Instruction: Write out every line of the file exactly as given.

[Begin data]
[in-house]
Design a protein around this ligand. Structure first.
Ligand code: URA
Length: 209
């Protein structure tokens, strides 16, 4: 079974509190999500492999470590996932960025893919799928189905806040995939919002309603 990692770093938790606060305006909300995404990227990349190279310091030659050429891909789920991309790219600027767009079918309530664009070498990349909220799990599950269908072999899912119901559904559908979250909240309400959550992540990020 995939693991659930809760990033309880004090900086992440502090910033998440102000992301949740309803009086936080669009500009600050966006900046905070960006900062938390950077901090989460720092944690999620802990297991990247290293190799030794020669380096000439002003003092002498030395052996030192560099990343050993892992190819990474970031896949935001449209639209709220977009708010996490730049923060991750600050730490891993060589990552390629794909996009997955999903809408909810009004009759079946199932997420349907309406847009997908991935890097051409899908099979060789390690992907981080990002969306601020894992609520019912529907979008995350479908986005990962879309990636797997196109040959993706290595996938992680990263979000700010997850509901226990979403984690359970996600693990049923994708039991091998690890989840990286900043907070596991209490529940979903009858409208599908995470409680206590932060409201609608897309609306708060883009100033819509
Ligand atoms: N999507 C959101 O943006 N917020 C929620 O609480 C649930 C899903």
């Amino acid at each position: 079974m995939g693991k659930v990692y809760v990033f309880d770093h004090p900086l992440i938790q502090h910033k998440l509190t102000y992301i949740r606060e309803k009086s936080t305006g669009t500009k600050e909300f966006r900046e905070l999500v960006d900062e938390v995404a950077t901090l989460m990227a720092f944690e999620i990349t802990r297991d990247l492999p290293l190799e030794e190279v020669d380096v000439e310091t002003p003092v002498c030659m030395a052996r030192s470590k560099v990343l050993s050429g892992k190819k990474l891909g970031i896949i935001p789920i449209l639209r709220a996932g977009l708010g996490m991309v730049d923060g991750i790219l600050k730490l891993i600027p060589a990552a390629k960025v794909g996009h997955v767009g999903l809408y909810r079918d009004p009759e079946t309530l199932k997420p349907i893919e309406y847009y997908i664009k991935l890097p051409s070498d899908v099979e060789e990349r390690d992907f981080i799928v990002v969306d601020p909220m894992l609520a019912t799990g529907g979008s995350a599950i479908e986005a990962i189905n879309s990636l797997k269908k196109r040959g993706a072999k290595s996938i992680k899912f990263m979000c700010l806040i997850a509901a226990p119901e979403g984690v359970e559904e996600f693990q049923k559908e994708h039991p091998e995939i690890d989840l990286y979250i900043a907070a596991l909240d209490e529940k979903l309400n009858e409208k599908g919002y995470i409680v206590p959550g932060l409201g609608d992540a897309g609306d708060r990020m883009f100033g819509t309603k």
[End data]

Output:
[in-house]
Design a protein around this ligand. Structure first.
Ligand code: URA
Length: 209
């Protein structure tokens, strides 16, 4: 079974509190999500492999470590996932960025893919799928189905806040995939919002309603 990692770093938790606060305006909300995404990227990349190279310091030659050429891909789920991309790219600027767009079918309530664009070498990349909220799990599950269908072999899912119901559904559908979250909240309400959550992540990020 995939693991659930809760990033309880004090900086992440502090910033998440102000992301949740309803009086936080669009500009600050966006900046905070960006900062938390950077901090989460720092944690999620802990297991990247290293190799030794020669380096000439002003003092002498030395052996030192560099990343050993892992190819990474970031896949935001449209639209709220977009708010996490730049923060991750600050730490891993060589990552390629794909996009997955999903809408909810009004009759079946199932997420349907309406847009997908991935890097051409899908099979060789390690992907981080990002969306601020894992609520019912529907979008995350479908986005990962879309990636797997196109040959993706290595996938992680990263979000700010997850509901226990979403984690359970996600693990049923994708039991091998690890989840990286900043907070596991209490529940979903009858409208599908995470409680206590932060409201609608897309609306708060883009100033819509
Ligand atoms: N999507 C959101 O943006 N917020 C929620 O609480 C649930 C899903």
């Amino acid at each position: 079974m995939g693991k659930v990692y809760v990033f309880d770093h004090p900086l992440i938790q502090h910033k998440l509190t102000y992301i949740r606060e309803k009086s936080t305006g669009t500009k600050e909300f966006r900046e905070l999500v960006d900062e938390v995404a950077t901090l989460m990227a720092f944690e999620i990349t802990r297991d990247l492999p290293l190799e030794e190279v020669d380096v000439e310091t002003p003092v002498c030659m030395a052996r030192s470590k560099v990343l050993s050429g892992k190819k990474l891909g970031i896949i935001p789920i449209l639209r709220a996932g977009l708010g996490m991309v730049d923060g991750i790219l600050k730490l891993i600027p060589a990552a390629k960025v794909g996009h997955v767009g999903l809408y909810r079918d009004p009759e079946t309530l199932k997420p349907i893919e309406y847009y997908i664009k991935l890097p051409s070498d899908v099979e060789e990349r390690d992907f981080i799928v990002v969306d601020p909220m894992l609520a019912t799990g529907g979008s995350a599950i479908e986005a990962i189905n879309s990636l797997k269908k196109r040959g993706a072999k290595s996938i992680k899912f990263m979000c700010l806040i997850a509901a226990p119901e979403g984690v359970e559904e996600f693990q049923k559908e994708h039991p091998e995939i690890d989840l990286y979250i900043a907070a596991l909240d209490e529940k979903l309400n009858e409208k599908g919002y995470i409680v206590p959550g932060l409201g609608d992540a897309g609306d708060r990020m883009f100033g819509t309603k």